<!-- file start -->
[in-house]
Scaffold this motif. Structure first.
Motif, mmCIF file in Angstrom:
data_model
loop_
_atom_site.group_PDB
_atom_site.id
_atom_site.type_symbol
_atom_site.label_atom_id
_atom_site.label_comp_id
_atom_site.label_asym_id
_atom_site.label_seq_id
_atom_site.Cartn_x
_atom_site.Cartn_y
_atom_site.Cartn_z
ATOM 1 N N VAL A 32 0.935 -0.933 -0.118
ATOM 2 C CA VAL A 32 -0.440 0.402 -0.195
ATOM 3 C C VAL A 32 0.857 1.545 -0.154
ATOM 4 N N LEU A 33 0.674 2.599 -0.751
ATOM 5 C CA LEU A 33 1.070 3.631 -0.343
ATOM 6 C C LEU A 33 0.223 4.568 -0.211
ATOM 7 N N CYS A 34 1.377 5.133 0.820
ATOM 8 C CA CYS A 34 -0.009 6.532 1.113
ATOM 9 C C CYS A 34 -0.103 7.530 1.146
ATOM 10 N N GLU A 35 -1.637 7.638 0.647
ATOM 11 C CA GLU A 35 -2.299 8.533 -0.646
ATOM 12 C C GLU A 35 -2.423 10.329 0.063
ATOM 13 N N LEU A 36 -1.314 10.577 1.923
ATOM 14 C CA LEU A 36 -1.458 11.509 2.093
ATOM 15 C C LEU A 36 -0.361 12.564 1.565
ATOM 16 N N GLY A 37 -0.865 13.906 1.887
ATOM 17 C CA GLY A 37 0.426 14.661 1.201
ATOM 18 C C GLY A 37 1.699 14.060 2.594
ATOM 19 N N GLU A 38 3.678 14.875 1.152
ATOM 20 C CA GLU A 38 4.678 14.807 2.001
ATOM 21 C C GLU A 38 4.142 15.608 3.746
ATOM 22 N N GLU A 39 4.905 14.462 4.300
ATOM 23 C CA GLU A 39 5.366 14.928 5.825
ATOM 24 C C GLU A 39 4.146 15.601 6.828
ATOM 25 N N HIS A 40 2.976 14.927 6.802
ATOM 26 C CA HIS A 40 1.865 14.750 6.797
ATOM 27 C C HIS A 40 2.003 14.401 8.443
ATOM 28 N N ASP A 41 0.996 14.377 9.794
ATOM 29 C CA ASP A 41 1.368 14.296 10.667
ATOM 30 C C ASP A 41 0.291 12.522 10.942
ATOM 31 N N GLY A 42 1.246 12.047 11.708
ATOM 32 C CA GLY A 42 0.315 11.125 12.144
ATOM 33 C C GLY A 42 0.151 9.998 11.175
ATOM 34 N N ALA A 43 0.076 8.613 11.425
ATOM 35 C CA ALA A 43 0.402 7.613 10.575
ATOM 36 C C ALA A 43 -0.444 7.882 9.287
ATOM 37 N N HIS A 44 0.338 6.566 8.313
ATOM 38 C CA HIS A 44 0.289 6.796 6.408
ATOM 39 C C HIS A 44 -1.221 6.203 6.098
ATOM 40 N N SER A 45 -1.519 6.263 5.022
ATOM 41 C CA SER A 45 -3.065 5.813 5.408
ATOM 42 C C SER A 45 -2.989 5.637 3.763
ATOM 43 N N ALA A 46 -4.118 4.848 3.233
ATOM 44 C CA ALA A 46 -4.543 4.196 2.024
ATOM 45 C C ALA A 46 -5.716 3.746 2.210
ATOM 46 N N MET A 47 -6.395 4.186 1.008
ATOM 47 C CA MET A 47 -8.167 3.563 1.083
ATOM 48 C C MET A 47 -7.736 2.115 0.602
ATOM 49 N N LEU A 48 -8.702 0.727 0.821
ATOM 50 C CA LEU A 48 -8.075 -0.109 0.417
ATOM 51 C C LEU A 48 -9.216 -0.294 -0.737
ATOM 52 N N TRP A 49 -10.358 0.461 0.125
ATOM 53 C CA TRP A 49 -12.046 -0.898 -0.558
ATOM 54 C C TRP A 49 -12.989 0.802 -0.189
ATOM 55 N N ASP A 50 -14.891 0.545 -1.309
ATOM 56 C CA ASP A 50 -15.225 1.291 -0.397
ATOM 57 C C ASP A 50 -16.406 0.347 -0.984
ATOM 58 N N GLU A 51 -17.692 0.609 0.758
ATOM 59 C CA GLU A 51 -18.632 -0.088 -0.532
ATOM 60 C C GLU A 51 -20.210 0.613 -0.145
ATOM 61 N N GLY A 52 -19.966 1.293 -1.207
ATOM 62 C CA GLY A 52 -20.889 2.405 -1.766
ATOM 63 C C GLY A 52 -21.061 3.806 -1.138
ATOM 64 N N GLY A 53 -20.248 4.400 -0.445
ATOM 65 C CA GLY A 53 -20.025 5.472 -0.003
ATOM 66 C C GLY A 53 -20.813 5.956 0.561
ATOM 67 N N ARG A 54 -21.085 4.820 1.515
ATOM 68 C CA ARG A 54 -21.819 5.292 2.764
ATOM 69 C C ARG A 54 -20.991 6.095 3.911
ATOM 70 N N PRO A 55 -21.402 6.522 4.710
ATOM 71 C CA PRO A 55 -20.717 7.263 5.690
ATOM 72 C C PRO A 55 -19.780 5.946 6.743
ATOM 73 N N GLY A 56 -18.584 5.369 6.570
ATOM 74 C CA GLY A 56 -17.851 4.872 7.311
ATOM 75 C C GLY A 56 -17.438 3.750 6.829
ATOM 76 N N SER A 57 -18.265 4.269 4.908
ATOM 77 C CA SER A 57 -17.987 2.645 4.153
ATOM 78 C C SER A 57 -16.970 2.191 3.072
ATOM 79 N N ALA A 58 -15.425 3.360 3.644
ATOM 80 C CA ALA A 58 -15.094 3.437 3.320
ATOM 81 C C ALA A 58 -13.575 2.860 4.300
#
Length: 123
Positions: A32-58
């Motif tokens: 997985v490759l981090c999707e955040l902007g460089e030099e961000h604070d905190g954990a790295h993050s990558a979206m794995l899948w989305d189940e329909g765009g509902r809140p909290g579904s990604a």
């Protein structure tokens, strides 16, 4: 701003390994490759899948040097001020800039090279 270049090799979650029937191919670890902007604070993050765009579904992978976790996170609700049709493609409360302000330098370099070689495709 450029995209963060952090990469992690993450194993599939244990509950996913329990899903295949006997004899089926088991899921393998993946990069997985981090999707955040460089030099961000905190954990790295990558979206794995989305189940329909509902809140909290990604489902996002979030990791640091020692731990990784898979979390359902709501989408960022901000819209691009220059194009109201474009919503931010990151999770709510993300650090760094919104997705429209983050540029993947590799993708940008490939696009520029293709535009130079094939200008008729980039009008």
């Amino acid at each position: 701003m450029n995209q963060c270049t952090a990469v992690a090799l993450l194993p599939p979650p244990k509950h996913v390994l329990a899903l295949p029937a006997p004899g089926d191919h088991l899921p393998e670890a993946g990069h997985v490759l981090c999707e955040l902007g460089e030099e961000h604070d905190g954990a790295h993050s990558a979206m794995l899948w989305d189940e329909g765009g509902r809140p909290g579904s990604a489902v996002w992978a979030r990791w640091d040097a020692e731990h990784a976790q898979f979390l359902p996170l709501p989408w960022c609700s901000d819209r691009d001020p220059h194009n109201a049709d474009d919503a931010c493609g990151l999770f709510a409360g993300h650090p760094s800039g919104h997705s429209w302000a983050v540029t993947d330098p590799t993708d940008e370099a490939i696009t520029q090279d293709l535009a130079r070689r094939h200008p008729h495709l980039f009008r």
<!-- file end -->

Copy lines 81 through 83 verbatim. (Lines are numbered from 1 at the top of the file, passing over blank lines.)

ATOM 66 C C GLY A 53 -20.813 5.956 0.561
ATOM 67 N N ARG A 54 -21.085 4.820 1.515
ATOM 68 C CA ARG A 54 -21.819 5.292 2.764